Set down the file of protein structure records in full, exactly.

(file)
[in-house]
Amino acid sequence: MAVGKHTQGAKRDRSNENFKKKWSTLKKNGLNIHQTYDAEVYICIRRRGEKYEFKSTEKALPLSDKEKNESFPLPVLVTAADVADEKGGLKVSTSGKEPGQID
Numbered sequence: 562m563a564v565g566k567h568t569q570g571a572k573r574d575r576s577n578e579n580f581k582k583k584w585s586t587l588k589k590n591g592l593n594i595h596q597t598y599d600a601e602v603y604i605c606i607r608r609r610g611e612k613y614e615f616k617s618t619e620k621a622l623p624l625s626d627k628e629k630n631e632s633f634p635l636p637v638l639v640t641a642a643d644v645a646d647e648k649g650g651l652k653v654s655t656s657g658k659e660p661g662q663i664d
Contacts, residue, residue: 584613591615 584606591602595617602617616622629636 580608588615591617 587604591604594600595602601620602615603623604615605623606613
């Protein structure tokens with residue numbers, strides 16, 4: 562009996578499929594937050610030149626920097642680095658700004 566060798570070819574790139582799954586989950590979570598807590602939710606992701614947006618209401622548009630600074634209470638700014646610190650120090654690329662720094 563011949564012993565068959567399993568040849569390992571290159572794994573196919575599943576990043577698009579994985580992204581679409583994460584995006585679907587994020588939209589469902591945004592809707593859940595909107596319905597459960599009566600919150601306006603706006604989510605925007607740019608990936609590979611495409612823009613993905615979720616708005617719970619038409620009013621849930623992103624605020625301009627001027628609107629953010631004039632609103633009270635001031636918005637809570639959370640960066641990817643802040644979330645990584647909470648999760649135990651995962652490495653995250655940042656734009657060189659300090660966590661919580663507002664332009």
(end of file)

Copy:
[in-house]
Amino acid sequence: MAVGKHTQGAKRDRSNENFKKKWSTLKKNGLNIHQTYDAEVYICIRRRGEKYEFKSTEKALPLSDKEKNESFPLPVLVTAADVADEKGGLKVSTSGKEPGQID
Numbered sequence: 562m563a564v565g566k567h568t569q570g571a572k573r574d575r576s577n578e579n580f581k582k583k584w585s586t587l588k589k590n591g592l593n594i595h596q597t598y599d600a601e602v603y604i605c606i607r608r609r610g611e612k613y614e615f616k617s618t619e620k621a622l623p624l625s626d627k628e629k630n631e632s633f634p635l636p637v638l639v640t641a642a643d644v645a646d647e648k649g650g651l652k653v654s655t656s657g658k659e660p661g662q663i664d
Contacts, residue, residue: 584613591615 584606591602595617602617616622629636 580608588615591617 587604591604594600595602601620602615603623604615605623606613
């Protein structure tokens with residue numbers, strides 16, 4: 562009996578499929594937050610030149626920097642680095658700004 566060798570070819574790139582799954586989950590979570598807590602939710606992701614947006618209401622548009630600074634209470638700014646610190650120090654690329662720094 563011949564012993565068959567399993568040849569390992571290159572794994573196919575599943576990043577698009579994985580992204581679409583994460584995006585679907587994020588939209589469902591945004592809707593859940595909107596319905597459960599009566600919150601306006603706006604989510605925007607740019608990936609590979611495409612823009613993905615979720616708005617719970619038409620009013621849930623992103624605020625301009627001027628609107629953010631004039632609103633009270635001031636918005637809570639959370640960066641990817643802040644979330645990584647909470648999760649135990651995962652490495653995250655940042656734009657060189659300090660966590661919580663507002664332009």